65.6 (61) 19.4 (18) 11.8 (11) 3.2 (3)

SN department is current with technology practices.

65.0 (52) 12.5 (10) 11.3 (9) 11.2 (9)

My work schedule is greater than 40 hours per week.

60.5 (49) 21.0 (17) 7.4 (6) 9.9 (8) 1.2 (1)

District-level SN professional staff assures consistency in implementing the marketing plan for all school sites.

54.3 (44) 12.3 (10) 19.8 (16) 13.6 (11)

I value the importance of implementing a marketing plan for my SN operation.

50.6c (42) 11.9 (10) 28.9 (24) 8.4 (7)

District-level SN coordinators/ supervisors review site-level employee records and document work performance, training, attendance, etc.

48.8 (42) 15.1 (13) 27.9 (24) 7.0 (6) 1.2 (1)

District administrators view the SN department as a business within the school setting.

46.9 (38) 3.7 (3) 16.0 (13) 27.2 (22) 6.2 (5)

The volume and the complexity of meeting the special nutrition needs of children is a challenge.

45.7 (37) 16.0 (13) 13.6 (11) 24.7 (20)

Recruiting and retaining qualified SN site-level staff is difficult.

45.7 (37) 13.6 (11) 13.5 (11) 27.2 (22)

I have supervisory responsibilities with site-level employees.

42.2 (35) 9.6 (8) 7.2 (6) 29.0 (24) 12.0 (10)

Menus are planned to meet the needs of a diverse student body.

40.5c (34) 4.7 (4) 48.8 (41) 6.0 (5)

District administrators support the contribution provided by the SN department.

39.5 (32) 17.3 (14) 19.7 (16) 23.5 (19)

Recruiting and retaining qualified SN professional staff is difficult.

38.0 (30) 16.4 (13) 11.4 (9) 30.4 (24) 3.8 (3)

The cost of technology for SN programs continues to increase.

36.7 (29) 2.5 (2) 25.3 (20) 34.2 (27) 1.3 (1)

Menus are developed by district-level SN professional staff.

36.4 (32) 6.8 (6) 54.6 (48) 1.1 (1) 1.1 (1)

The cost of maintaining current software and hardware in all feeding sites is a financial challenge.

33.3 (27) 8.7 (7) 16.0 (13) 32.1 (26) 9.9 (8)

I face operational challenges with inadequate cafeteria dining facilities.

32.9 (27) 4.9 (4) 9.8 (8) 36.5 (30) 15.9 (13)

I encounter funding challenges related to the food production/transport systems used in my district.

26.8c (22) 3.7 (3) 13.4 (11) 41.5 (34) 14.6 (12)

Understanding the financial aspect of operating the SN program is a challenge.

25.6 (20) 3.9 (3) 11.5 (9) 37.2 (29) 21.8 (17)

I am faced with financial challenges to support marketing activities.

25.3 (20) 7.6 (6) 17.7 (14) 40.5 (32) 8.9 (7)

I face operational challenges with inadequate food preparation facilities.

25.0 (20) 3.7 (3) 5.0 (4) 42.5 (34) 23.8 (19)

I am faced with district political challenges in operating the SN program.

23.2 (19) 8.5 (7) 12.2 (10) 43.9 (36) 12.2 (10)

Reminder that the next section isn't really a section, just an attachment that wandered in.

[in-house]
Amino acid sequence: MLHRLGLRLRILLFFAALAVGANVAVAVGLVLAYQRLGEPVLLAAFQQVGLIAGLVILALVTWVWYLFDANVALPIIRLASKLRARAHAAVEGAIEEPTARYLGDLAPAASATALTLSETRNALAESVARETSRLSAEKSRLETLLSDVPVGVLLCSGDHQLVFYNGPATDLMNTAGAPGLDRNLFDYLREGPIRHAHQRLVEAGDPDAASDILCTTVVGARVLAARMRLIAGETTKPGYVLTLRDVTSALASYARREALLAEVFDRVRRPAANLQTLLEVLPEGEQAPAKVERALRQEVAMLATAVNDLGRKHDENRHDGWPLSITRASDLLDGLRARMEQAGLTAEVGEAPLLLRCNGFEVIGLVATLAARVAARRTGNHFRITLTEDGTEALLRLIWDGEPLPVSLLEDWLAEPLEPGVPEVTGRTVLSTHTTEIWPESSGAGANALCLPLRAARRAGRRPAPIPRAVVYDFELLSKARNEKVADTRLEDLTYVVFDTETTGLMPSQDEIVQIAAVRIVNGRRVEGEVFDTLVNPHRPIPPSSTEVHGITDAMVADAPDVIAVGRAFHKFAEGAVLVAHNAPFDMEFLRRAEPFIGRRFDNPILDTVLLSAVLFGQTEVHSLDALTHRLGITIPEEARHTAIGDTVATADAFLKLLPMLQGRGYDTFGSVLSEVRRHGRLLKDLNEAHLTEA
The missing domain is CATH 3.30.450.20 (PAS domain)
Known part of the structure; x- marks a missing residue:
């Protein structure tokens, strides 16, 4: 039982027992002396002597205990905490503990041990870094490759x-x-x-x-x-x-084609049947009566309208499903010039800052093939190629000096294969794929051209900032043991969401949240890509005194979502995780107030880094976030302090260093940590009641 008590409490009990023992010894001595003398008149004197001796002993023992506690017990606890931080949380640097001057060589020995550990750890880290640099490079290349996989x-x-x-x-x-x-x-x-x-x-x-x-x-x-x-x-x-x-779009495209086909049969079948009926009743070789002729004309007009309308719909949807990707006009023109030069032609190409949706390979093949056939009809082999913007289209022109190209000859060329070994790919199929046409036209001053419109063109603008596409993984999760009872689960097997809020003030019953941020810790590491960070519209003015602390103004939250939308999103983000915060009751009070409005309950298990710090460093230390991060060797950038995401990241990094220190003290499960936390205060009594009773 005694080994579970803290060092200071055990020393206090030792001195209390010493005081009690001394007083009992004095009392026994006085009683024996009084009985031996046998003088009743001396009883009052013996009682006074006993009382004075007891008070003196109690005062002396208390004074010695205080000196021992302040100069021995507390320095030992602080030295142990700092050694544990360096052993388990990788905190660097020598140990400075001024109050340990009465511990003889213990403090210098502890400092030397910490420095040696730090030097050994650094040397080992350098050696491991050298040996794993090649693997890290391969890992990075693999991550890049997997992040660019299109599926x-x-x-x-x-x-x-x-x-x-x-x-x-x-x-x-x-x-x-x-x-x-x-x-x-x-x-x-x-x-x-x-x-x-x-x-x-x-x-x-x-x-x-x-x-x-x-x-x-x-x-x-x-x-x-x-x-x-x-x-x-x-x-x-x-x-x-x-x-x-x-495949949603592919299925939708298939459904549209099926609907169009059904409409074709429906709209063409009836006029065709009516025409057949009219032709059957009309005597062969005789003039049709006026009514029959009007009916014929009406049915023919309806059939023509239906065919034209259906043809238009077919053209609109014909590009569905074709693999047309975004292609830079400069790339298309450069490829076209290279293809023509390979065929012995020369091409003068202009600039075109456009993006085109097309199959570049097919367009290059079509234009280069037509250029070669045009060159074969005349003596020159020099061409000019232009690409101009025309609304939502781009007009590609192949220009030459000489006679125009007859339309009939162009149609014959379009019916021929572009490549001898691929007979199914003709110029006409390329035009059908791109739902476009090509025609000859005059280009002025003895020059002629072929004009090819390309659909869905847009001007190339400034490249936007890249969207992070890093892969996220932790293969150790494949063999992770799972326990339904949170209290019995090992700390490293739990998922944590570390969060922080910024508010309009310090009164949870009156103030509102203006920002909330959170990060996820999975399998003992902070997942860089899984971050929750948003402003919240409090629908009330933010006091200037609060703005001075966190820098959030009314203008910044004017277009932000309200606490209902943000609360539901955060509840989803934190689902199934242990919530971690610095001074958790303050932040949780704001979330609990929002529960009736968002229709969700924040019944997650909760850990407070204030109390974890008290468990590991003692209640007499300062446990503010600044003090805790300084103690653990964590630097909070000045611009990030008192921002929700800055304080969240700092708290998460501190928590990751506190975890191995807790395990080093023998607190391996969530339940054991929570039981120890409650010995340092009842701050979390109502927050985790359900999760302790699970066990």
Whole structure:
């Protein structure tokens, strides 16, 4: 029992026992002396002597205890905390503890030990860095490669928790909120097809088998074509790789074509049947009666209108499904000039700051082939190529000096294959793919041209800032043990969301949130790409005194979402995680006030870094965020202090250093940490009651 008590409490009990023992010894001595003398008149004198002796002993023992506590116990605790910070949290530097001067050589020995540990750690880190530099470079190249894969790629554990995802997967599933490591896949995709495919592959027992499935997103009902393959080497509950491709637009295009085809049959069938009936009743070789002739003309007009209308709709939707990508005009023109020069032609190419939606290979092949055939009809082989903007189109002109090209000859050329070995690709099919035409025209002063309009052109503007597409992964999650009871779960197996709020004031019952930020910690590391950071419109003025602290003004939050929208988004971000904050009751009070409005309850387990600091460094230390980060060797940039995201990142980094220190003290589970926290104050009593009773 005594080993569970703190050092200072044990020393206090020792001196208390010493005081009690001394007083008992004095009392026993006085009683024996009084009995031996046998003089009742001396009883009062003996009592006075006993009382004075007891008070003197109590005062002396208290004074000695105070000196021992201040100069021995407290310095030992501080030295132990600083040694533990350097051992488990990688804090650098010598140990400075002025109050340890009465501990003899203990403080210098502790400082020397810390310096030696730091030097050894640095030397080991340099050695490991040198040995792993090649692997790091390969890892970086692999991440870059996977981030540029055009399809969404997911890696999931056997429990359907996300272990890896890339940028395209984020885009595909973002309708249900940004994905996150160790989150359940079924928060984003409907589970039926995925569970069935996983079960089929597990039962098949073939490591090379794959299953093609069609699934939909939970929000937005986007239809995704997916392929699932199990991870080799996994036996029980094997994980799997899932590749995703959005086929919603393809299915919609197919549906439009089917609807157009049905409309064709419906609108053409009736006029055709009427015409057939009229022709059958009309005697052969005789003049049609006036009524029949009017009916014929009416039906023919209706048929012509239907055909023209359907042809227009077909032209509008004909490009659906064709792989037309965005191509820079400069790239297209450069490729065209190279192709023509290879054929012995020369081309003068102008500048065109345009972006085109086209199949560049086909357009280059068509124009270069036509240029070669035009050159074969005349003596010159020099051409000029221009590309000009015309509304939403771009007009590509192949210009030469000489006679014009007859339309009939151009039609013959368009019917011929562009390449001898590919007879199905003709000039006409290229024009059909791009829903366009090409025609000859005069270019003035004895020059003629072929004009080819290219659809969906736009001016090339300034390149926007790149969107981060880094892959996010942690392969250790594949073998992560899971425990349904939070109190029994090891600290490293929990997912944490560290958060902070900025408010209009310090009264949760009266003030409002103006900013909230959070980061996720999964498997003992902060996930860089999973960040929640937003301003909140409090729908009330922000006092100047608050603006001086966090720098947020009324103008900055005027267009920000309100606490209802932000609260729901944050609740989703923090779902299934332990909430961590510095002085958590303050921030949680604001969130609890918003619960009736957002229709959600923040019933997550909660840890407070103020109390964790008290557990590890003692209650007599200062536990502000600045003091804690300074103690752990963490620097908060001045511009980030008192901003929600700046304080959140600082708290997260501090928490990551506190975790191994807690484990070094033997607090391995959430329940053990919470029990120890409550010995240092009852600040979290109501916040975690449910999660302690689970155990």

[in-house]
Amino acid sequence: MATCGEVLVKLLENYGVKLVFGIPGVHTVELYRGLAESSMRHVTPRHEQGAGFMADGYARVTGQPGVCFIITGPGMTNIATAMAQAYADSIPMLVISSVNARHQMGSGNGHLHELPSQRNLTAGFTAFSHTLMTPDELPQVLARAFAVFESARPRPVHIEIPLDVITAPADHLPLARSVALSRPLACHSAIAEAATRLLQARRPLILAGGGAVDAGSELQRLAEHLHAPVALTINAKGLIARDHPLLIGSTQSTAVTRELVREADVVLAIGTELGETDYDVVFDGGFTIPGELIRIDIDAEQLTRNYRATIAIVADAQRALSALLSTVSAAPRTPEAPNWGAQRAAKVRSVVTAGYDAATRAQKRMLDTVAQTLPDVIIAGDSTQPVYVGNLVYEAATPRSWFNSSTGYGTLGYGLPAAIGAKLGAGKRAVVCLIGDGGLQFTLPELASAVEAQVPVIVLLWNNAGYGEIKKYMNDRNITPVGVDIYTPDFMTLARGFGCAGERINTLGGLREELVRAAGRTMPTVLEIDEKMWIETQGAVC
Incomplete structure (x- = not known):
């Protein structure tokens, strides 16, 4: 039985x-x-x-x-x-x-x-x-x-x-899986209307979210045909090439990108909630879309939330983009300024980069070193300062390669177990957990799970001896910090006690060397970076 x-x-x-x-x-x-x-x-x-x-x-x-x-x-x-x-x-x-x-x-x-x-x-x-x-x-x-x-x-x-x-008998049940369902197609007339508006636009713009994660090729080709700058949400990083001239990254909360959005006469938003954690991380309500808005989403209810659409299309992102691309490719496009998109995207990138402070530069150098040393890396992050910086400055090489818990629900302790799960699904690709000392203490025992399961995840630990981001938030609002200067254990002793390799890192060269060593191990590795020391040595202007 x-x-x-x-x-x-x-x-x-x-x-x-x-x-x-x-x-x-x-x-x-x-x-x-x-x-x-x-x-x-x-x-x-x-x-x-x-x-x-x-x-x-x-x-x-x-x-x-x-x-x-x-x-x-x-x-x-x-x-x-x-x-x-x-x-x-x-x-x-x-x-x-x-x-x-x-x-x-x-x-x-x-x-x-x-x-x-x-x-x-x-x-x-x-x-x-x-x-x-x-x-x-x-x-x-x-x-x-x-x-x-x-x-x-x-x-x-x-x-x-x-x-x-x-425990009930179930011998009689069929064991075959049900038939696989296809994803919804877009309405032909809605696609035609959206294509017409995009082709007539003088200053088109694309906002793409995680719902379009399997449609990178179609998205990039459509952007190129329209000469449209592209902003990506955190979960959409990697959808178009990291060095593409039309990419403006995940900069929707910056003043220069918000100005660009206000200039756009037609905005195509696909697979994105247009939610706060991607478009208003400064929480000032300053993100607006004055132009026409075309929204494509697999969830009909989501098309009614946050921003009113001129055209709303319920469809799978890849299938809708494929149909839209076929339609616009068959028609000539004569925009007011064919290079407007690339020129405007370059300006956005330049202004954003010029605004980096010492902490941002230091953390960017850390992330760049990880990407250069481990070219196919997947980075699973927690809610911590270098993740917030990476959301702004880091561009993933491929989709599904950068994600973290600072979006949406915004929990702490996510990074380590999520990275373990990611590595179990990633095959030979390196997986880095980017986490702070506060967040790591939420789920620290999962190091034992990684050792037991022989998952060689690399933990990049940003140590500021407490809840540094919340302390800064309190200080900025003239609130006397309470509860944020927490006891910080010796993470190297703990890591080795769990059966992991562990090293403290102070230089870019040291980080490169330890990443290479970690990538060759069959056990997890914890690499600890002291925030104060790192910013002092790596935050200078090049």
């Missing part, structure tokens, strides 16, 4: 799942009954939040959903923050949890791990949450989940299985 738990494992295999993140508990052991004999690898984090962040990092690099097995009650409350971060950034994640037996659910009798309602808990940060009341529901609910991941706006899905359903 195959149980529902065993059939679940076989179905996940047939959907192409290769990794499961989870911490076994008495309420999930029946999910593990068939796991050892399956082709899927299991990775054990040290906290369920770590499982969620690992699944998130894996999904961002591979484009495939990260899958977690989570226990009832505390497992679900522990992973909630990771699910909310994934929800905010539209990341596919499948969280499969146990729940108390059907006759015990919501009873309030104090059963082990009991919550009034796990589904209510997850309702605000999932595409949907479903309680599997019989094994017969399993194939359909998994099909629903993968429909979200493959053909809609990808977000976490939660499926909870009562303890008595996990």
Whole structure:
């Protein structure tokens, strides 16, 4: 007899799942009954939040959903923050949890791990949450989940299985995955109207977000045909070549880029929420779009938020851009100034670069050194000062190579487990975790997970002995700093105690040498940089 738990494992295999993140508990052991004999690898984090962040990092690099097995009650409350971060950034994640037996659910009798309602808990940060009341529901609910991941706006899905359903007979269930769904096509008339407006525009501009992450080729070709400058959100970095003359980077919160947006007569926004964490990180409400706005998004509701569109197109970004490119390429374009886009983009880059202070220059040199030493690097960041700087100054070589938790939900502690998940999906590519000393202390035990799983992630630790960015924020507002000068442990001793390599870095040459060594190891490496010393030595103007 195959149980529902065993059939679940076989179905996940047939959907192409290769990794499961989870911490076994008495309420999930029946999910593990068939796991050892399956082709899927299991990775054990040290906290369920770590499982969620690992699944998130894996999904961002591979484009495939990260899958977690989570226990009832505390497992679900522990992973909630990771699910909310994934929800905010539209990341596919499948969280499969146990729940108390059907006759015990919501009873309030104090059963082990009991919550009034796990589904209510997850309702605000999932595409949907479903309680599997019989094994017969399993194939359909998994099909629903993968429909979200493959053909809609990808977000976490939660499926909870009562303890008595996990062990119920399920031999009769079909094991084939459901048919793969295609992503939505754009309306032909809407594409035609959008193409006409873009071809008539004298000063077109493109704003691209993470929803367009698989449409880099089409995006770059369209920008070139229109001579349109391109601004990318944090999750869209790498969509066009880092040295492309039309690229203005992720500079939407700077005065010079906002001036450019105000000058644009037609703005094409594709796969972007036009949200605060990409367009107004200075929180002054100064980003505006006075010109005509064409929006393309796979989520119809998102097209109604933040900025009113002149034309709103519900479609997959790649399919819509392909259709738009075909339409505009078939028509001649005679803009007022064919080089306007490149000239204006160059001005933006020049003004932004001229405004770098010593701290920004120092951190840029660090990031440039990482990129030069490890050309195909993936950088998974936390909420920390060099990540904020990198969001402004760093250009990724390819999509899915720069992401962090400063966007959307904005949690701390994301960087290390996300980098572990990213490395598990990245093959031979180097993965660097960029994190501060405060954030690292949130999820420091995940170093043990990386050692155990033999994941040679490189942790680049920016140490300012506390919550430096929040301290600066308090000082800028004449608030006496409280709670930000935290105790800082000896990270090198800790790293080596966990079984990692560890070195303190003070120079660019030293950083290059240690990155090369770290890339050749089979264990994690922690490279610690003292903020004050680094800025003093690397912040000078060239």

I am faced with SN staff challenges to implement a successful marketing plan.

22.6 (19) 10.7 (9) 21.4 (18) 39.3 (33) 6.0 (5)

I seek professional development opportunities beyond what my school district provides to improve my leadership skills.

22.6c (19) 6.0 (5) 36.9 (31) 33.3 (28) 1.2 (1)

The installation of current software for all feeding sites is a time management challenge.

22.5 (18) 8.7 (7) 12.5 (10) 46.3 (37) 10.0 (8)

I am faced with community political challenges in operating the SN program.

19.8 (17) 8.1 (7) 9.3 (8) 47.7 (41) 15.1 (13)

I am faced with communication challenges due to the numerous organizational layers in the school district.

18.8 (16) 14.1 (12) 17.7 (15) 44.7 (38) 4.7 (4)

I am challenged with employee issues due to lack of support from Human Resources.

18.3 (15) 17.1 (14) 6.1 (5) 39.0 (32) 19.5 (16)

Retaining competent technology staff is a challenge.

17.6 (13) 5.4 (4) 9.4 (7) 51.4 (38) 16.2 (12)

I face operational challenges with inadequate foodservice equipment.

17.5 c (14) 7.5 (6) 3.7 (3) 47.5 (38) 23.8 (19)

Retaining competent maintenance staff is a challenge

17.3 (13) 6.7 (5) 14.7 (11) 46.6 (35) 14.7 (11)

Dealing with labor unions presents challenges.

15.0 (12) 12.5 (10) 12.5 (10) 28.7 (23) 31.3 (25)

The SN department utilizes a temp agency for site-level substitute staff.

14.9 (13) 3.4 (3) 2.4 (2) 3.4 (3) 75.9 (66)

Oversight is required to ensure that the temp agency complies with district Human Resource policies.

14.5 (11) 2.6 (2) 9.2 (7) 73.7 (56)

My school district provides professional development opportunities that support my leadership growth.

14.3 (12) 6.0 (5) 13.1 (11) 57.1 (48) 9.5 (8)

The SN department encounters challenges when trying to utilize SN software with the district-level technology.

12.9 (11) 4.7 (4) 14.1 (12) 54.2 (46) 14.1 (12)

Frequent turnover in district-level administration presents challenges.

12.2c (10) 1.2 (1) 7.3 (6) 64.7 (53) 14.6 (12)

I am faced with communication challenges due to the numerous organizational layers in the SN program.

11.1 (9) 7.4 (6) 9.9 (8) 58.0 (47) 13.6 (11)

Lack of understanding of SN program needs by district-level technology staff presents challenges.

11.0 (9) 11.0 (9) 12.2 (10) 53.6 (44) 12.2 (10)

I often encounter challenges with district-level support when trying to address disciplinary issues with employees.

9.8 (8) 4.8 (4) 12.2 (10) 57.3 (47) 15.9 (13)

The SN department performs human resource functions for other district departments.

6.3 (5) 1.3 (1) 7.6 (6) 84.8 (67)